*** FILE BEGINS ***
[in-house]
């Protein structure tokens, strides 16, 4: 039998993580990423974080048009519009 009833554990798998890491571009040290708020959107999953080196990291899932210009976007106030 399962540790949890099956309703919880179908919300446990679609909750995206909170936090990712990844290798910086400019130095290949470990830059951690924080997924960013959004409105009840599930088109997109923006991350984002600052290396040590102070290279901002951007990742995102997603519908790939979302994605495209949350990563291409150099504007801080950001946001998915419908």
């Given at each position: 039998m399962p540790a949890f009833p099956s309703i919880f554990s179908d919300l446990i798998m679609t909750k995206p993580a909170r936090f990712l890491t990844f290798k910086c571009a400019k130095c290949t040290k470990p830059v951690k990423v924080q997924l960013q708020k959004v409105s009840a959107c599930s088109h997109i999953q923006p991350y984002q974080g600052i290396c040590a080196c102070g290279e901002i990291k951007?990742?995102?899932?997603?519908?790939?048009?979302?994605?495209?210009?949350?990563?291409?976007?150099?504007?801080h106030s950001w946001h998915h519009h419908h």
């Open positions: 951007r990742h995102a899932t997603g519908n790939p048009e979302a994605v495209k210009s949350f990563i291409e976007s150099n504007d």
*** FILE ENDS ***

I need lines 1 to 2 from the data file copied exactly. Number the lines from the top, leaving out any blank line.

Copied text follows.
[in-house]
């Protein structure tokens, strides 16, 4: 039998993580990423974080048009519009 009833554990798998890491571009040290708020959107999953080196990291899932210009976007106030 399962540790949890099956309703919880179908919300446990679609909750995206909170936090990712990844290798910086400019130095290949470990830059951690924080997924960013959004409105009840599930088109997109923006991350984002600052290396040590102070290279901002951007990742995102997603519908790939979302994605495209949350990563291409150099504007801080950001946001998915419908």